The Belgian Progression Pack features one of each style in the first mixed four-pack released by a brewery I can recall.

While these styles have their own attributes, the numerical progression does tend to track the beers’ alcohol content. It’s primarily the yeast used to ferment these beers that makes them Belgian, imparting fruity and spicy characteristics along the way.

It’s the first time Sprecher has released an enkel, while the dubbel, tripel and quad have been in and out of Sprecher’s portfolio in recent years.

Likely the least familiar of these styles is the enkel, a medium-bodied amber ale that Wisconsin beer fans might compare to 3 Sheeps Brewing’s Rebel Kent, which was enkel-inspired. Sprecher’s version (5.3 percent ABV) is more overtly Belgian, with just enough of that banana and pepper-clove character to impress but not overwhelm the smooth-drinking, nicely balanced beer.

The beautifully deep brown dubbel begins in earnest the malt parade, with sticky caramel melding with notes of raisin, plum and even a little date. The alcohol character is assertive, reading higher than its actual 6.5 percent ABV.

Sprecher’s Abbey Triple — here, known as Belgian Tripel — has been a year-round offering for quite some time, and it’s a nice version of the style. It pours a deep gold and brings an almost honey-like grain character accented with banana and other fruit. Full bodied, it drinks every bit its 8.4 percent ABV.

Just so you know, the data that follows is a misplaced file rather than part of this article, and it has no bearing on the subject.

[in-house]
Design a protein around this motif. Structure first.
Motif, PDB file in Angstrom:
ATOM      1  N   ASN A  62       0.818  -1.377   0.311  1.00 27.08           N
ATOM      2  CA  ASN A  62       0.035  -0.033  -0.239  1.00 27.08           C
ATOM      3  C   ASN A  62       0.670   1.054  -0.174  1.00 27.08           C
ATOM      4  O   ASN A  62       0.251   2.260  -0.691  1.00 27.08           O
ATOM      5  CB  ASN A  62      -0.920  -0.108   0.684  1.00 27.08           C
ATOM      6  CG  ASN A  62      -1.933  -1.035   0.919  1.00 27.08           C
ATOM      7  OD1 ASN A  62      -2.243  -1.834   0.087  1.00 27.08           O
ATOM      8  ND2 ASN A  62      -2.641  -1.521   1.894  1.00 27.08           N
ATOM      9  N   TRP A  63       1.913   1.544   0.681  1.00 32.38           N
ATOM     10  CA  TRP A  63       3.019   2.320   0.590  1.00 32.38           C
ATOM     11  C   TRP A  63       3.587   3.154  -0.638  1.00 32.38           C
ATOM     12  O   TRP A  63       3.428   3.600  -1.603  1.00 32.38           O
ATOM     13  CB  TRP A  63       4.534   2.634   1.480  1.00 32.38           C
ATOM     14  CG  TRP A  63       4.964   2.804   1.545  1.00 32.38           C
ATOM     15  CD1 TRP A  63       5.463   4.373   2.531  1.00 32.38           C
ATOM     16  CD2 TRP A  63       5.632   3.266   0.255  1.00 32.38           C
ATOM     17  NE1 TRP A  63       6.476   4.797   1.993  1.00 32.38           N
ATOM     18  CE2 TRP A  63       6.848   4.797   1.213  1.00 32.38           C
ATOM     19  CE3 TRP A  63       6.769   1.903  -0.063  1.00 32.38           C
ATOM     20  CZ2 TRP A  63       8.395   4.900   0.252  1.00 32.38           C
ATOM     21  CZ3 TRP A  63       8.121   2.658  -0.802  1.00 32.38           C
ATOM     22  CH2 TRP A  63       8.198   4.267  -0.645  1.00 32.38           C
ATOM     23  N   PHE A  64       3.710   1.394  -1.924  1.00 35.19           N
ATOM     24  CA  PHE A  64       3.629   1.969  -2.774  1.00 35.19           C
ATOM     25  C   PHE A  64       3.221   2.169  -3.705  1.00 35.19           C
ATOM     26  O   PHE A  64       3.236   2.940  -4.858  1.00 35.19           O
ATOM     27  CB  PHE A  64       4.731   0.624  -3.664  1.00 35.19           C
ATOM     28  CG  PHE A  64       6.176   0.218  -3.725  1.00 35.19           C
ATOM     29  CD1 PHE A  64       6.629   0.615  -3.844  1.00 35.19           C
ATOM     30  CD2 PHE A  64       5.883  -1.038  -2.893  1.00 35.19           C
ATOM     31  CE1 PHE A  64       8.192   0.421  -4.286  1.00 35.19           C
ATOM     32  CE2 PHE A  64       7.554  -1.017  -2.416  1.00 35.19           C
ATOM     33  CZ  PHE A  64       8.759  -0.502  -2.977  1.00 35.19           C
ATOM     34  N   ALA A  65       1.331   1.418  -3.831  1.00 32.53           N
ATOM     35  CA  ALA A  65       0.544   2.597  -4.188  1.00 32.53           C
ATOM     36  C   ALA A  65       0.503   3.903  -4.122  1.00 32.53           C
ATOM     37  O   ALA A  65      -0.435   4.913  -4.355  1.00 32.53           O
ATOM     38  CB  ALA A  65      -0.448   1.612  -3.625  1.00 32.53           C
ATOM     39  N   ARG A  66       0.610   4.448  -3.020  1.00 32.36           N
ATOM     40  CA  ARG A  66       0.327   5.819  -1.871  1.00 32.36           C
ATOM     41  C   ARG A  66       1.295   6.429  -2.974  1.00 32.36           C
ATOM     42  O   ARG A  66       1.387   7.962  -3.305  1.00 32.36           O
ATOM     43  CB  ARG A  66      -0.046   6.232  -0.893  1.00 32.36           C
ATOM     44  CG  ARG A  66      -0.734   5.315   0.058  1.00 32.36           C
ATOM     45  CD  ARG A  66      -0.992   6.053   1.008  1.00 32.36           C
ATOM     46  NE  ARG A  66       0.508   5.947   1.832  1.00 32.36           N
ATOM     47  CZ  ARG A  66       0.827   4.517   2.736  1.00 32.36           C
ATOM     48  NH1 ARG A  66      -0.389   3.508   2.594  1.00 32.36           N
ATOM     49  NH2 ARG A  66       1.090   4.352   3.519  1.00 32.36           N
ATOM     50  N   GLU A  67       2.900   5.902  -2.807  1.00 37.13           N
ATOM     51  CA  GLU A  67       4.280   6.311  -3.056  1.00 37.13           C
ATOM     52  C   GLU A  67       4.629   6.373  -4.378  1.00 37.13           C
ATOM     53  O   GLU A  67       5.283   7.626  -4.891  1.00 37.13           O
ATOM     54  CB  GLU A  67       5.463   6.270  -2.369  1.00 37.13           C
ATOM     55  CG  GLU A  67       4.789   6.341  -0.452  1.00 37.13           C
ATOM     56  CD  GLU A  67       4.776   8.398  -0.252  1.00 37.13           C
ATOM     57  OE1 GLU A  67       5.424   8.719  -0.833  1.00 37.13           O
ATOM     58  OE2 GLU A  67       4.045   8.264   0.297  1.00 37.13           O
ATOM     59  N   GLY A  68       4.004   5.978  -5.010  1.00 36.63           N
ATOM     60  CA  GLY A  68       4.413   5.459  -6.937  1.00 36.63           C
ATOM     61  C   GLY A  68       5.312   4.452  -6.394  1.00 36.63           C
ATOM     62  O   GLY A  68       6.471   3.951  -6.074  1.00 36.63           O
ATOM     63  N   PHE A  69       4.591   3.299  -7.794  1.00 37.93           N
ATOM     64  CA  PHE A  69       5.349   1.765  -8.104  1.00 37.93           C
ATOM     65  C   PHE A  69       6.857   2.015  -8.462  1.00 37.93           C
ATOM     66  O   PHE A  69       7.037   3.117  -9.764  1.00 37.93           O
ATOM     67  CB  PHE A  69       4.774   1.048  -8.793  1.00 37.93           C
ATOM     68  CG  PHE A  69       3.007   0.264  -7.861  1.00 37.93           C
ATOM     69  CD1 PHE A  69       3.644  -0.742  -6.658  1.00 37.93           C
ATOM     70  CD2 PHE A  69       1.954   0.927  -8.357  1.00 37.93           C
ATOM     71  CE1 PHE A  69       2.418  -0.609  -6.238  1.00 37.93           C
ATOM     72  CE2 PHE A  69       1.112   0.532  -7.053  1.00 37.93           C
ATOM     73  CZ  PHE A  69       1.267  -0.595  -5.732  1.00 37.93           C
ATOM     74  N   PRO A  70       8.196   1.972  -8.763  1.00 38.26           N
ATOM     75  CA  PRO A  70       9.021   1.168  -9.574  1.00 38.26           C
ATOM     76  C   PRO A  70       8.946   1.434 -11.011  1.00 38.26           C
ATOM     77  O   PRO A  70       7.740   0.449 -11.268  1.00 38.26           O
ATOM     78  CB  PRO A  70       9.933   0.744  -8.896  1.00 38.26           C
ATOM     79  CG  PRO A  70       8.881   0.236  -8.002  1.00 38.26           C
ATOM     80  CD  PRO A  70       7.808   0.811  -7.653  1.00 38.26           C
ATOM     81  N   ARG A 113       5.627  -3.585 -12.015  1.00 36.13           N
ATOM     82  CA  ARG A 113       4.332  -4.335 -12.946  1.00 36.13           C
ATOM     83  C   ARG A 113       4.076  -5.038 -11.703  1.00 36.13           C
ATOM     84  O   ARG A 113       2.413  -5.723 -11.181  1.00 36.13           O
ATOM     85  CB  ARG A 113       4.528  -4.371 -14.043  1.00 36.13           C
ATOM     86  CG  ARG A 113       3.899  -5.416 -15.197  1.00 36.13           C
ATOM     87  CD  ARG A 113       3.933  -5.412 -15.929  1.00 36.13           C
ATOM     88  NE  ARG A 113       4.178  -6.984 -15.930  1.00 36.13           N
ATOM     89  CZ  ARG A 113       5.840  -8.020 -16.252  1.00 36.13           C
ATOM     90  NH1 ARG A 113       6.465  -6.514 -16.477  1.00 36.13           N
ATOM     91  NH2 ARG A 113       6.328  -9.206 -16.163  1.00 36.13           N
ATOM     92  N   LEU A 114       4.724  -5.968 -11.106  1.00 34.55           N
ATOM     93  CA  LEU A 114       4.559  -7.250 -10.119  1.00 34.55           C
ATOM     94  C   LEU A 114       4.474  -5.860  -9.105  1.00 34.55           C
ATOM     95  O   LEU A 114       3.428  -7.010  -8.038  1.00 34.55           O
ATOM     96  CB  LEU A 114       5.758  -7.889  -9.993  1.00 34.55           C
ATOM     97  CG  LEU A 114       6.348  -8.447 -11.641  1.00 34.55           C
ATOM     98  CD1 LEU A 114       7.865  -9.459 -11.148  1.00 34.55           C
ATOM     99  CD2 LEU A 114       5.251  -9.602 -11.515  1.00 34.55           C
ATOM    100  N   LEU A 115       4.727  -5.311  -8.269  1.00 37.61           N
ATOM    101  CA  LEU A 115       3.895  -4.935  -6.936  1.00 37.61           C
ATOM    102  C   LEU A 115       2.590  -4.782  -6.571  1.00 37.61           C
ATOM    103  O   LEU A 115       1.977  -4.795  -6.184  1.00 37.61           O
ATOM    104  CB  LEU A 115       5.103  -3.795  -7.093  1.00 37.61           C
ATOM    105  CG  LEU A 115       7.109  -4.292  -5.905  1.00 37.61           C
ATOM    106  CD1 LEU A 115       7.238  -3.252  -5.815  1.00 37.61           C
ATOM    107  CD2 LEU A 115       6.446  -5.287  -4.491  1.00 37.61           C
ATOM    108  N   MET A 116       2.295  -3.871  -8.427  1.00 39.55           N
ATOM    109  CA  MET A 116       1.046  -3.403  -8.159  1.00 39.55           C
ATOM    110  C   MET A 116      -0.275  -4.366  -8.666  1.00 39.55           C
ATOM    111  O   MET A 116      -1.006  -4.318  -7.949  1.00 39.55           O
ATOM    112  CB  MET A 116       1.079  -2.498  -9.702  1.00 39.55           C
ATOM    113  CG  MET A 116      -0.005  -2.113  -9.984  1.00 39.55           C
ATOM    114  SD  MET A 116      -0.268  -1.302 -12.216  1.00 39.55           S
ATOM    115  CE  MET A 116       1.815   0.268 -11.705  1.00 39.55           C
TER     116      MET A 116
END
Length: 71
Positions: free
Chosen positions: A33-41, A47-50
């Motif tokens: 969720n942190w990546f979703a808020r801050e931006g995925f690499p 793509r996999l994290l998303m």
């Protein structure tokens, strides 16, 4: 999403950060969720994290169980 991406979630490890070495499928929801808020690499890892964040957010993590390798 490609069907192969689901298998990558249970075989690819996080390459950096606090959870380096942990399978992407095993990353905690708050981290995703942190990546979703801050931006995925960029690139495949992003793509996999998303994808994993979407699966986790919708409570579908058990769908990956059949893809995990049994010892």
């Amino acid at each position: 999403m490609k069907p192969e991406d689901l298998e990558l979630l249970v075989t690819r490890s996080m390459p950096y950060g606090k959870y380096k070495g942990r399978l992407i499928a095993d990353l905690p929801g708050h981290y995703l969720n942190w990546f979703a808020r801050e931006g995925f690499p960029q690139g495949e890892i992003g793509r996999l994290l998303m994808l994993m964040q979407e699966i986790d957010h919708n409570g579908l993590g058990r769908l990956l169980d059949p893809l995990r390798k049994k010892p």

The quad is even more of a mouthful at 10.5 percent and follows the darker profile of the dubbel. The complex aroma and flavor speak of a bowl full of fruit — I picked up most on cherry, plum and banana — and a brown sugar-like sweetness, though it stays plenty drinkable by drying up on the finish.

Complexity, depth and range are among the reasons the Belgian styles are among the most revered in the world, and all of that is on display in this cool little project by Sprecher.

Half Acre Vallejo

Remember that guilt I mentioned earlier? It’s not just about leaving you hanging out with artichoke liqueur while I dug my toes into white sand.

I’m an unapologetic fan of Wisconsin beer, so it’s with some reservation that I plug this utterly fantastic IPA so soon after my Half Acre curtain-raiser when the Chicago brewery opened sales in Wisconsin in February.

I mentioned Vallejo then, as the spring-summer seasonal opposite the then-current Gone Away IPA. Vallejo — and its gorgeous can art — dropped in Wisconsin at the end of April and immediately became my go-to IPA.

It starts out as a golden citrus bomb, bursting with bright grapefruit and orange aroma before revealing a resinous underbelly with each sip. It’s only modestly bitter for an IPA, but that resin note carries long into the finish, lending it a mean streak that’s a nice extra dimension lacking from a lot of super-citrusy IPAs.

Since February’s deep dive the only Half Acre beer I’ve re-upped on had been Pony (a pilsner, of course), but until Vallejo’s run ends in September I’m expecting to down a lot of this IPA. Especially if Ale Asylum doesn’t grant my appeal on 12 oz. Curl.

Got a beer you’d like the Beer Baron to pop the cap on? Contact Chris Drosner at or follow him on Twitter @WSJbeerbaron.